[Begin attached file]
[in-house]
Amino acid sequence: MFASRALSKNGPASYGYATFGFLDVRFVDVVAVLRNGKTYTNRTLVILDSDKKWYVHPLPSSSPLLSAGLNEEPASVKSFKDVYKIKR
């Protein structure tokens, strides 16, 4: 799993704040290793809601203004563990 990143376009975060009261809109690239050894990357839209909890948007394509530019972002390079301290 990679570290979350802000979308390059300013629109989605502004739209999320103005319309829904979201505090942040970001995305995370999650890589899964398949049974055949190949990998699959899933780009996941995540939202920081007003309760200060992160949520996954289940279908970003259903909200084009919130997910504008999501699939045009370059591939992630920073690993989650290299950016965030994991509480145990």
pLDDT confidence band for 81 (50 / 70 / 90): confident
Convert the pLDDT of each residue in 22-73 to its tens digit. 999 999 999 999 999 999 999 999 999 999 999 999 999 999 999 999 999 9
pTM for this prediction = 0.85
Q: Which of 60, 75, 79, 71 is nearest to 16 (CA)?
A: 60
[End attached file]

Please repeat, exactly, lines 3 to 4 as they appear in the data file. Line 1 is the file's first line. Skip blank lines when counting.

């Protein structure tokens, strides 16, 4: 799993704040290793809601203004563990 990143376009975060009261809109690239050894990357839209909890948007394509530019972002390079301290 990679570290979350802000979308390059300013629109989605502004739209999320103005319309829904979201505090942040970001995305995370999650890589899964398949049974055949190949990998699959899933780009996941995540939202920081007003309760200060992160949520996954289940279908970003259903909200084009919130997910504008999501699939045009370059591939992630920073690993989650290299950016965030994991509480145990």
pLDDT confidence band for 81 (50 / 70 / 90): confident